Greenland’s Petermann Glacier has a giant crevasse in it, and NASA’s cryosphere-monitoring Operation IceBridge initiative has photographed it for the very first time. Unlike most chilly cracks, however, this one is in a particularly weird place.
As has been thoroughly reported on, Antarctica’s ice cover – thanks to a mixture of natural process and man-made climate change – is cracking up, but this is almost exclusively along the edges of the ice shelves hanging off into the ocean. This glacier, which has been fragmenting significantly since 2010, has a crack going through the middle of it.
First spotted on satellite imagery by Stef Lhermitte, an associate professor at the Netherland’s Delft University of Technology, NASA flew its plane-based observatory over the appropriate coordinates and snapped a few photographs of the gigantic chasm.
Like plenty of other glaciers around the world, Petermann is dominantly an ice shelf. This means that it’s floating on the sea already, which means it does not directly contribute to sea level rise through its disintegration. However, ice shelves help keep back landlocked ice sheets and glaciers, so their destruction ultimately allows these chunks of frozen water to tumble into the ocean.
So the fact that this sizable glacier is tearing itself apart isn’t a particularly good sign, and things may greatly accelerate in the future. NASA has noticed that it’s propagating near another crack – one that’s a lot wider and longer – that’s been trending towards its center from its eastern margin.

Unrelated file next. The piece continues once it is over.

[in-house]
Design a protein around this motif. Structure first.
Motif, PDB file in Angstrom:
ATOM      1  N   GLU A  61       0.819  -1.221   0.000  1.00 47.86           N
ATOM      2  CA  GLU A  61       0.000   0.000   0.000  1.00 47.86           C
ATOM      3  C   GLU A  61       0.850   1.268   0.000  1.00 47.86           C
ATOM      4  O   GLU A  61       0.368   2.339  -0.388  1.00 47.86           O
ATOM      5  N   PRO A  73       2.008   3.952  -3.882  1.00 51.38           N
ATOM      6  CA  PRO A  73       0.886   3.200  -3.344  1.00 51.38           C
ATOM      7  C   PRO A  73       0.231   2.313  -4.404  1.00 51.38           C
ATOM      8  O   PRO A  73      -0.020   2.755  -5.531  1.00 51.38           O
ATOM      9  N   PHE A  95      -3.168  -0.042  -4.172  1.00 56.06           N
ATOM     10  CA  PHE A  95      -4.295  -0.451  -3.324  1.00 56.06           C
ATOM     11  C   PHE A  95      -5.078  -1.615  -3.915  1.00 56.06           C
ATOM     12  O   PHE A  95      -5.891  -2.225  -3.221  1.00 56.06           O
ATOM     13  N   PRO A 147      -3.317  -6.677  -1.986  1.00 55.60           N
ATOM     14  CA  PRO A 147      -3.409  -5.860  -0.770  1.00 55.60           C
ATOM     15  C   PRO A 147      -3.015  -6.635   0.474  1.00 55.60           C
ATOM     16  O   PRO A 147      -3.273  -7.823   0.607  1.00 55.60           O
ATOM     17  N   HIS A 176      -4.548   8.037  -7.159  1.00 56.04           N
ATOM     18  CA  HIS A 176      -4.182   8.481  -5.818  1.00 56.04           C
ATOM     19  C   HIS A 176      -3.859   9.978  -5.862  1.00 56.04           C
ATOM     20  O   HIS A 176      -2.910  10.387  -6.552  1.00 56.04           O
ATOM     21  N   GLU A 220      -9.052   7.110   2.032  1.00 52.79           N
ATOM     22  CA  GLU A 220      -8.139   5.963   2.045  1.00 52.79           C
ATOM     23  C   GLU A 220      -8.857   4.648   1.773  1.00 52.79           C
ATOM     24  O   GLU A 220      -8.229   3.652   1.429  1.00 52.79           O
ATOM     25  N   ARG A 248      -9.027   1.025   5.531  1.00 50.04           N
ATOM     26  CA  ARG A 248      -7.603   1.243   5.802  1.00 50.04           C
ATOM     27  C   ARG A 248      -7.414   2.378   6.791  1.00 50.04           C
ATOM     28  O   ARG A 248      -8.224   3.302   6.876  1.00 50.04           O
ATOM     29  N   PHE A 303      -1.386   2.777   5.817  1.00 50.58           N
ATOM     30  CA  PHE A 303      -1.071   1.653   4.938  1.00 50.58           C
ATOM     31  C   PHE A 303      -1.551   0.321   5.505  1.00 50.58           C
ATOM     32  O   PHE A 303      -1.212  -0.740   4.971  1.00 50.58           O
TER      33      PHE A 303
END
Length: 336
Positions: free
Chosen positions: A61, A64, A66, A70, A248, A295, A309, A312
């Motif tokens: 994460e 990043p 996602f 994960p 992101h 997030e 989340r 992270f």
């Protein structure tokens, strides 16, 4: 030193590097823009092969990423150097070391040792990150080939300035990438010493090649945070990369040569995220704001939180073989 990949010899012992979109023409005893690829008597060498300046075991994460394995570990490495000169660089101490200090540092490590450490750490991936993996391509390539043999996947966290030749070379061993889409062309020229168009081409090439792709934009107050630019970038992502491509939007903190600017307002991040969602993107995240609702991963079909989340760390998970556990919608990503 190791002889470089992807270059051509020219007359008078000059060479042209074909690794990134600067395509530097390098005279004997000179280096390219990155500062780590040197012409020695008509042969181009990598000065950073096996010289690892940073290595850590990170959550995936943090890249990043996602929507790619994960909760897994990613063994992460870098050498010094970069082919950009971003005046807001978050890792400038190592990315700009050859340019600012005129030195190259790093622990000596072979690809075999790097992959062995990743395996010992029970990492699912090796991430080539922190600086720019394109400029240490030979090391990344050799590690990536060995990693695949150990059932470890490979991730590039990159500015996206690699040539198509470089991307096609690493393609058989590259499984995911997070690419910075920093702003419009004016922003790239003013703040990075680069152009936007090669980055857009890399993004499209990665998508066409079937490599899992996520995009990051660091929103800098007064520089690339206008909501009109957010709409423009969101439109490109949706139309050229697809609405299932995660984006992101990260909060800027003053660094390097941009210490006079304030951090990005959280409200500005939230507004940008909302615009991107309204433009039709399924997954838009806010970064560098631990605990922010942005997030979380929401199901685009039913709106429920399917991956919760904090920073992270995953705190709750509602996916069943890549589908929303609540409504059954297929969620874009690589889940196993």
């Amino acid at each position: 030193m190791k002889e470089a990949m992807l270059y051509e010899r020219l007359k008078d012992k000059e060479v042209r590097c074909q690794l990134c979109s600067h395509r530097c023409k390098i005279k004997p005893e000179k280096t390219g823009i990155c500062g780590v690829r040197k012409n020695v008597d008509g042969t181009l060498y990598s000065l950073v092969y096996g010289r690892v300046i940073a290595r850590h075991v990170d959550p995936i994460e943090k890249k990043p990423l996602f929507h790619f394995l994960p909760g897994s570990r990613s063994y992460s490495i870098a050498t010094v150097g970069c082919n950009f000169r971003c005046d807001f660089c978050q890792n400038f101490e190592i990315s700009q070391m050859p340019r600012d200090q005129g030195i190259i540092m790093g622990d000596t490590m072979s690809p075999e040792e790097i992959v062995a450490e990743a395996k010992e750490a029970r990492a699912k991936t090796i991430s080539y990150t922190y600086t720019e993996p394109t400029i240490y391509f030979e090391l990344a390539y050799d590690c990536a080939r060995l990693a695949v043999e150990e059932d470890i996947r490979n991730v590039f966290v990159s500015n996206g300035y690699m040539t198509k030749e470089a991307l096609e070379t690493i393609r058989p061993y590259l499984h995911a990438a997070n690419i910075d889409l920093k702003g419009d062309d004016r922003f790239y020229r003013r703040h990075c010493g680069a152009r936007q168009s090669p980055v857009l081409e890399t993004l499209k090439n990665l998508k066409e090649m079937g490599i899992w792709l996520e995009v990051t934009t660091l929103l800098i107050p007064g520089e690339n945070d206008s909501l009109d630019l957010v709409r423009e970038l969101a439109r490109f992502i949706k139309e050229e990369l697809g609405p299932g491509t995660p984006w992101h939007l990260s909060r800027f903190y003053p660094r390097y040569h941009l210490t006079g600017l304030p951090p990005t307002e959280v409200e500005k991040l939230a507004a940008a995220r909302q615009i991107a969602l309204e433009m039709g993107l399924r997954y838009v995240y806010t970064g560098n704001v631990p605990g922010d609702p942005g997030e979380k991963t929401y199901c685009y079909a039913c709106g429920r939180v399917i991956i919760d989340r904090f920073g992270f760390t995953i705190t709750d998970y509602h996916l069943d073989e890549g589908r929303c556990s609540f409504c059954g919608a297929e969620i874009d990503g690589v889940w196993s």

If the two cracks meet up, then the ice shelf would fracture along over half of its total area. All things considered, the future is looking grim for the venerable glacier.
Its presence in the center of the glacier is baffling scientists who are unsure how it formed. Normally, due to the action of salty, warm water chipping away at the underside of a glacier, they crack towards their edges. It’s not yet clear why it’s breaking up in the way it currently is.
It will take quite a major calving event, though, to match the August 2010 event, when the total area of the Petermann Glacier was reduced by 25 percent. This was the largest ice calving event the Arctic had ever seen since 1962, and the resulting separate glacier was named “Petermann Ice Island 2010”. This essentially served as the sequel to another island that formed back in 2008.
Satellite imagery of the ice island that emerged in 2010. At the time, it was 260 square kilometers (100 sq mi) in size. NASA Earth Observatory
So far, it looks like we’re headed for a Petermann Ice Island 2017.
[H/T: Washington Post]